By KATHRYNE RUBRIGHT
Findlay’s LGBTQ+ Community Council is working to identify businesses, organizations and churches that support or affirm lesbian, gay, bisexual, transgender and queer people.
A directory of supportive businesses and other entities is being compiled, and they will be provided with window decals they can use to visibly show support.
Ohio does not have statewide protections for lesbian, gay, bisexual, transgender and queer individuals in the areas of employment, housing and public accommodations, though a bill under consideration would add those protections.
House Bill 160 would create the Ohio Fairness Act, which would expand “existing prohibitions against various unlawful discriminatory practices to apply to discriminatory practices on the basis of ‘sexual orientation’ or ‘gender identity or expression,’” according to the Ohio Legislative Service Commission.
Similar legislation has been proposed before, but this is the first time the Ohio Chamber of Commerce is supporting it.
Some Ohio cities have passed anti-discrimination laws covering those categories.
“We’re not quite there in Findlay, to be working on the legal equality stuff. So we’re working on the ‘lived equality,’ which is the aspect of ‘Yeah, you can change all the laws, but what’s the point of changing the law if you can’t change the mindset of the people, or help to educate a population?’” said Jasmin Bradley, a Findlay resident involved in the LGBTQ+ Community Council.
The LGBTQ+ Community Council is “a collaboration of the organizations in town that are striving to provide service and support for the LGBTQ+ community,” she said.
They include Open Air, a Focus on Friends support group; United, the University of Findlay’s gay-straight alliance; and Spectrum of Findlay, whose mission is to hold events and activities that “build a safe and supportive place for our lesbian, gay, bisexual and transgender community,” according to its website.
“So really that’s what the ‘lived equality’ piece is. What can we do in the community of Findlay to make living here as an LGBTQ+ individual better?” said Bradley, who is also a visiting professor of biology at UF.
A directory of supportive businesses and other entities will be one step, said Bradley and Jacob King, who finished classes in December and was the president of the University of Findlay’s Public Relations Student Society of America chapter.
The PRSSA chapter is like a student-run public relations firm, King said, and contributed branding, materials and messaging to be used when approaching businesses about getting listed in the directory.
The directory will mean that “as a member of the LGBTQ+ community, you can say like, ‘Oh, I need a service, I’m going to spend some money here, I want to spend it in an establishment that’s going to support me and my existence’ and so therefore we help to kind of create an economy that supports diversity and equality,” Bradley said.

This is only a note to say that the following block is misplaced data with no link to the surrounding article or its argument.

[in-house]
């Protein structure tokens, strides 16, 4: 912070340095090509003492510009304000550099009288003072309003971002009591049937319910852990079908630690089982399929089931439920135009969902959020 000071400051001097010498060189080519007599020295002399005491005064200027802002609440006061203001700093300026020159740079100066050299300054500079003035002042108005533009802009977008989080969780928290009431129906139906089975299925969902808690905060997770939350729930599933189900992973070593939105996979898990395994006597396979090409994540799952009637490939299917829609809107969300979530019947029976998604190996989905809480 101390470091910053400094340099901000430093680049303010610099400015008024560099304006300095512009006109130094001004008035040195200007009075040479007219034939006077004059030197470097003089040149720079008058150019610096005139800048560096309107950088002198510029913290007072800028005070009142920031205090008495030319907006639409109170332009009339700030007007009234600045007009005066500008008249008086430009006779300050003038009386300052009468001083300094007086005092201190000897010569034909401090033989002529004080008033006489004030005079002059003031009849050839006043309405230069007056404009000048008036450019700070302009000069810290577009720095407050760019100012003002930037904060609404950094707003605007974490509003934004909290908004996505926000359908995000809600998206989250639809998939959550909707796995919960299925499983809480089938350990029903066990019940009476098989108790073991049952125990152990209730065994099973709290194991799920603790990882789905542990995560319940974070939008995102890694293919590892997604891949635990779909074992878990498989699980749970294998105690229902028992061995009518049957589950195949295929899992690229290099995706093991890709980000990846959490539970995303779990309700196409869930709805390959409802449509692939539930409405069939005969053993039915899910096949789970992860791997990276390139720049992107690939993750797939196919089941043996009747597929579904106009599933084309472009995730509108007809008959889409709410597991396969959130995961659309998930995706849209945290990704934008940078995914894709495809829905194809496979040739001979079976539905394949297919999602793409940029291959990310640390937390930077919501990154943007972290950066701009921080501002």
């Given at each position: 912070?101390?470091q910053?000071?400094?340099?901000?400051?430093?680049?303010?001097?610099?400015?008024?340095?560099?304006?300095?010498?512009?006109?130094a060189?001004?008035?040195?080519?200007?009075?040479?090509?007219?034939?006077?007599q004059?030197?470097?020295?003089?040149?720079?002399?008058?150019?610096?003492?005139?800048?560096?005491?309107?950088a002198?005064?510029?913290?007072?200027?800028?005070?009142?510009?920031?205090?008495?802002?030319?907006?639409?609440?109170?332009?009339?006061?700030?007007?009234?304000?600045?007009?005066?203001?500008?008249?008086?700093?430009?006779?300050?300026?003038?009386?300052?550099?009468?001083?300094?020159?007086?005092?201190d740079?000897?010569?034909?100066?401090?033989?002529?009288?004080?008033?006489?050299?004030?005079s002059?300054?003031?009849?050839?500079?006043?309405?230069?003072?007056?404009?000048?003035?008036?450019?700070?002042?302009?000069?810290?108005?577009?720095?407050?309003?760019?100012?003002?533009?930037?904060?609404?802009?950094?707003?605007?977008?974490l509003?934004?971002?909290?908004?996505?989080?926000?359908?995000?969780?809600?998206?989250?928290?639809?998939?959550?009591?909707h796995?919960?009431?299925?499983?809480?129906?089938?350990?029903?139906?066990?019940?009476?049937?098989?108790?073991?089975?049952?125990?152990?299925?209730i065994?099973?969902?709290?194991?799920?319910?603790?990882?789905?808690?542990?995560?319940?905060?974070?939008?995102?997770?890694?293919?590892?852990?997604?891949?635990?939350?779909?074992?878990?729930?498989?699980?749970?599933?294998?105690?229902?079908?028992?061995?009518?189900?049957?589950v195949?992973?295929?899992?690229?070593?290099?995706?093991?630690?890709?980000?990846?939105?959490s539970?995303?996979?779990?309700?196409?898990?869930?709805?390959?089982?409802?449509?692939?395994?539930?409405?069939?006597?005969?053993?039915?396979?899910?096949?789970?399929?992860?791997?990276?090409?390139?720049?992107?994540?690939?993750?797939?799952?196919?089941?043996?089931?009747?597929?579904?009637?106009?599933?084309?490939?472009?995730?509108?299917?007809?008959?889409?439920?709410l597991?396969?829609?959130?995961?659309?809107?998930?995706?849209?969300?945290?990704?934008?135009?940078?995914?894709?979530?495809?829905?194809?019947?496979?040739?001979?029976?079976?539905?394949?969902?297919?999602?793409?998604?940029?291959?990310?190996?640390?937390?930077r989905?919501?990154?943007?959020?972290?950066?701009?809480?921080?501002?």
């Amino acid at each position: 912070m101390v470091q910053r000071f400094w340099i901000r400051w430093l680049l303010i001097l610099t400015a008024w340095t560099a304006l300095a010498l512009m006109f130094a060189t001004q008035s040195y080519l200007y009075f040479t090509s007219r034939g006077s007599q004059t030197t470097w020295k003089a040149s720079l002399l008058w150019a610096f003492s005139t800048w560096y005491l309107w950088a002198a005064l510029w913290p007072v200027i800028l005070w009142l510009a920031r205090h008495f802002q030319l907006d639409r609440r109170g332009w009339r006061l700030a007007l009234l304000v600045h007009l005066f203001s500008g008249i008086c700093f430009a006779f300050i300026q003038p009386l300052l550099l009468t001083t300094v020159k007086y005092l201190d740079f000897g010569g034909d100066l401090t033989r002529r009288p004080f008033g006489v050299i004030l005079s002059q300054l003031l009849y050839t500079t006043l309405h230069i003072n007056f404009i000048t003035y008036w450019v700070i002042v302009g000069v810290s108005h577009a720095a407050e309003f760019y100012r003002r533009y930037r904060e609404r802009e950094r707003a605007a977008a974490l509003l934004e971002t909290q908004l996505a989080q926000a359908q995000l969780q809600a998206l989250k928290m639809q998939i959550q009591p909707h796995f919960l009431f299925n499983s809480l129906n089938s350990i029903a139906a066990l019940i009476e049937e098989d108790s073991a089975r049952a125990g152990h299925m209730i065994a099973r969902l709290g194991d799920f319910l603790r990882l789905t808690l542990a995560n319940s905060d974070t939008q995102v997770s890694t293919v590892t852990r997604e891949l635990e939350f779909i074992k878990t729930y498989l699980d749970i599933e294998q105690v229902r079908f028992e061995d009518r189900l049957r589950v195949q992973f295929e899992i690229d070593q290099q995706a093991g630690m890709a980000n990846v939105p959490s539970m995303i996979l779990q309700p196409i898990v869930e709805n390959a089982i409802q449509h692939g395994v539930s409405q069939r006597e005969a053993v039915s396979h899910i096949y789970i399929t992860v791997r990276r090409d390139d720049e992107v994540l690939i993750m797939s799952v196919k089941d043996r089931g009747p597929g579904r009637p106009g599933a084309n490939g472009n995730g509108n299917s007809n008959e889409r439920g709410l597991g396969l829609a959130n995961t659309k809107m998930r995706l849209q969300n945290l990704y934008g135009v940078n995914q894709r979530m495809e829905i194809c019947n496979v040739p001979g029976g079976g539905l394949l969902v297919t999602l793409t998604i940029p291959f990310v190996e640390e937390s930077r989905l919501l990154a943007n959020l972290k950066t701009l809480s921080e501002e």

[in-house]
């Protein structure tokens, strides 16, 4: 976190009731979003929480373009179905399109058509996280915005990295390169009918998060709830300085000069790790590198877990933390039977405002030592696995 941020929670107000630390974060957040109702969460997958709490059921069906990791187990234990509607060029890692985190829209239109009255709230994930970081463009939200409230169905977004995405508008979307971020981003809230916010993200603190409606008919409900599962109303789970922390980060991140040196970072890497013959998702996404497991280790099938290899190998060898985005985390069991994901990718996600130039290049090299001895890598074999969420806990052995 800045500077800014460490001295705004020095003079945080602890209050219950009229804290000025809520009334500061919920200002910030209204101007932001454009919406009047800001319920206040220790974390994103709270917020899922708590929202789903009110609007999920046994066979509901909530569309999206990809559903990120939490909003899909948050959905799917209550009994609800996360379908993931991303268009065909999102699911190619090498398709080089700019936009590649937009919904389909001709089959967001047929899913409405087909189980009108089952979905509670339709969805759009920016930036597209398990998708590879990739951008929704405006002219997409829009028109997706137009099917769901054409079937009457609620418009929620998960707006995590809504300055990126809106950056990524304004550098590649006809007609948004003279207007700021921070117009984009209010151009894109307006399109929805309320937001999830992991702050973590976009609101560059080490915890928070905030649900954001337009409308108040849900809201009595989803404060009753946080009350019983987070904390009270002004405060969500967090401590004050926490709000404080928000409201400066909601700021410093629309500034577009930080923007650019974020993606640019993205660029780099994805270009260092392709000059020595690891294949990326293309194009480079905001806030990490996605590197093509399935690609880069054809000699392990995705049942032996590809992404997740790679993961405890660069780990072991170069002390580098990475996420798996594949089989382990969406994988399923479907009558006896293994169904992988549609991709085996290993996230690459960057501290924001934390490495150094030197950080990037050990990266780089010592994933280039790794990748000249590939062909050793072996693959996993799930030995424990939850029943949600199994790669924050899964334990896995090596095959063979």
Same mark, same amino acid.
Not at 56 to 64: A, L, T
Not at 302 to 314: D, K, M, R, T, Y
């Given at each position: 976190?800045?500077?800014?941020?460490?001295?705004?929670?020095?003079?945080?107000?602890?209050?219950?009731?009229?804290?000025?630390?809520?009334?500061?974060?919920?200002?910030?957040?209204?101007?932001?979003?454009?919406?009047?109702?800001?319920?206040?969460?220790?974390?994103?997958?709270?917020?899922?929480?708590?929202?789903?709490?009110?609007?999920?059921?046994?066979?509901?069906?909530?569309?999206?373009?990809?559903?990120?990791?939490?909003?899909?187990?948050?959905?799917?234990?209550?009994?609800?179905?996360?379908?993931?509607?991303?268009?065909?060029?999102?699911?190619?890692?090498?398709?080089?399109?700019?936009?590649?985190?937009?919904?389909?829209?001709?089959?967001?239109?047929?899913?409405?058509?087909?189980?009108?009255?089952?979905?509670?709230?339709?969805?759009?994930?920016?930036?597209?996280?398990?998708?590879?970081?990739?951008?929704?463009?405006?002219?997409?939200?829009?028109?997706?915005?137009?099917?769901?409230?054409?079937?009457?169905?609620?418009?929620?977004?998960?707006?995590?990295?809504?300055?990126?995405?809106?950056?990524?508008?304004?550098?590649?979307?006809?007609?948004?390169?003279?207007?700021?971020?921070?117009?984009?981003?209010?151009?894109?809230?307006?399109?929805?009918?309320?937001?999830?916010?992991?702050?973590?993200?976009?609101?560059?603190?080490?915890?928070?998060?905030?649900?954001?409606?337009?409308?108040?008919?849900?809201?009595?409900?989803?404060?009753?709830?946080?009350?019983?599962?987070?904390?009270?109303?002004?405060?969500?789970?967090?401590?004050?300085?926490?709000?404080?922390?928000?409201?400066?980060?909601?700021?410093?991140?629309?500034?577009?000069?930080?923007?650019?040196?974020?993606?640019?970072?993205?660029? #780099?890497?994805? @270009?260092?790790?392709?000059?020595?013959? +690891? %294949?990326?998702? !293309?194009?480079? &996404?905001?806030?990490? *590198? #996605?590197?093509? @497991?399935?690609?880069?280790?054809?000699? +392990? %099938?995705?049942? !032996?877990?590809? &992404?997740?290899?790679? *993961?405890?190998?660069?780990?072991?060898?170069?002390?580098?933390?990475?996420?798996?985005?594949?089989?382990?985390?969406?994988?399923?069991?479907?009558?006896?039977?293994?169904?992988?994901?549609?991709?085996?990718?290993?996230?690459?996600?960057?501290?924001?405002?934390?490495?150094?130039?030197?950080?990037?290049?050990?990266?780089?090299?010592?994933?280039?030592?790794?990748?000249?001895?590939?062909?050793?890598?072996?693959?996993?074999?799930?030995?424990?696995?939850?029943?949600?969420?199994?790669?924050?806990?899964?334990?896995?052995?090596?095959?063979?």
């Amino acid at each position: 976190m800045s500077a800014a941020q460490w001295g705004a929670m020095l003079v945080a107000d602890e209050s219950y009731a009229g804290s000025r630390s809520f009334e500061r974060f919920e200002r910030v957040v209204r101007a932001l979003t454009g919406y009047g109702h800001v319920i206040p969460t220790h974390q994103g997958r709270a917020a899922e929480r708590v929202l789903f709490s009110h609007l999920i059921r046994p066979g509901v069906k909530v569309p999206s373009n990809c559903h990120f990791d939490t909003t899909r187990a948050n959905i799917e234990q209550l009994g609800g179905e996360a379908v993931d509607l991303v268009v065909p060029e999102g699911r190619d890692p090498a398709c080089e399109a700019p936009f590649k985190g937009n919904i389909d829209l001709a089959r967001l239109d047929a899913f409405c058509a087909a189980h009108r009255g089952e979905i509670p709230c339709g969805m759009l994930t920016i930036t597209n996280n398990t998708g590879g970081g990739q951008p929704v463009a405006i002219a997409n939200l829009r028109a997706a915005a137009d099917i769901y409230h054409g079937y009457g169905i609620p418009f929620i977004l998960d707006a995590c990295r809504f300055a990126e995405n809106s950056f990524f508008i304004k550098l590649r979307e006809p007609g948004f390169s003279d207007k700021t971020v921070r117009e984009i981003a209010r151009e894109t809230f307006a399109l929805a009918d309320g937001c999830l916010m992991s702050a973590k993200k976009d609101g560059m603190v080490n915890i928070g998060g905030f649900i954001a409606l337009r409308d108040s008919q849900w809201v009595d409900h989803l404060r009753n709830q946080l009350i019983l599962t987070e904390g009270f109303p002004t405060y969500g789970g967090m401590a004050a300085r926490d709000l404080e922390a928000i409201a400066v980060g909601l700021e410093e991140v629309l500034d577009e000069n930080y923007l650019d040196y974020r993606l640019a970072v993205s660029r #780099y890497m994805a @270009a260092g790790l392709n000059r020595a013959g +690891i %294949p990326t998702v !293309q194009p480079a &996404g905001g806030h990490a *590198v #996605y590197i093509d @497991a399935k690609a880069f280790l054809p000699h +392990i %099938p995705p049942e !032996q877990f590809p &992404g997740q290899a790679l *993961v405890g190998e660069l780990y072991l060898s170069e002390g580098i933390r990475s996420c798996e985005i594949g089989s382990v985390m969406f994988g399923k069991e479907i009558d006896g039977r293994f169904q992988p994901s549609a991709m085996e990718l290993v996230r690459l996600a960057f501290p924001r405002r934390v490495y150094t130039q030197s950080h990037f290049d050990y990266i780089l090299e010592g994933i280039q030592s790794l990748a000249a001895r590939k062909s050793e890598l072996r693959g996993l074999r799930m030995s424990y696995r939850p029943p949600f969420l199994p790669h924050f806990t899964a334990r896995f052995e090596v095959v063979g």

Similarly, LGBTQ+ people will be able to identify supportive nonprofits. Sometimes they “might feel apprehensive about approaching a nonprofit for support, specifically if that nonprofit is tied to a church,” Bradley said.
The public display of support should help with “retention,” King said, as LGBTQ+ people see it and say, “I want to devote my skills or come and help a community like this thrive, that I see as openly embracive to myself.”
Also, “people don’t want to be spending money at businesses” if their values “don’t align with the values of that business,” Bradley said.
The LGBTQ+ Community Council has identified about 100 businesses and organizations “that we either know will provide that support, or will be open to the conversation about that support,” Bradley said.
Spectrum’s website, www.spectrumoffindlaylgbt.org, will host the directory.
Postcards will be sent to those businesses and organizations this week. Those that want to be in the directory will then receive additional materials, including a window decal they can use to visibly show support.
The shape of Ohio is outlined in rainbow colors on the decal, with Findlay’s location marked with a star and “FINDLAY” printed under the star.
“Immediately you’re going to see that decal and know, ‘This business supports my values. I feel comfortable spending money here,’” Bradley said.
While Findlay is “a conservative community, I would hope everyone is on board with ‘lived equality,’” King said. “This isn’t pushing just one agenda or just one thing down people’s throats.
It’s about promoting fairness for everyone, which I would hope everyone could be on board with.”
If someone isn’t on board, Bradley said, she would prefer they “come and approach us and have a civil discussion” rather than putting “a nasty comment online.”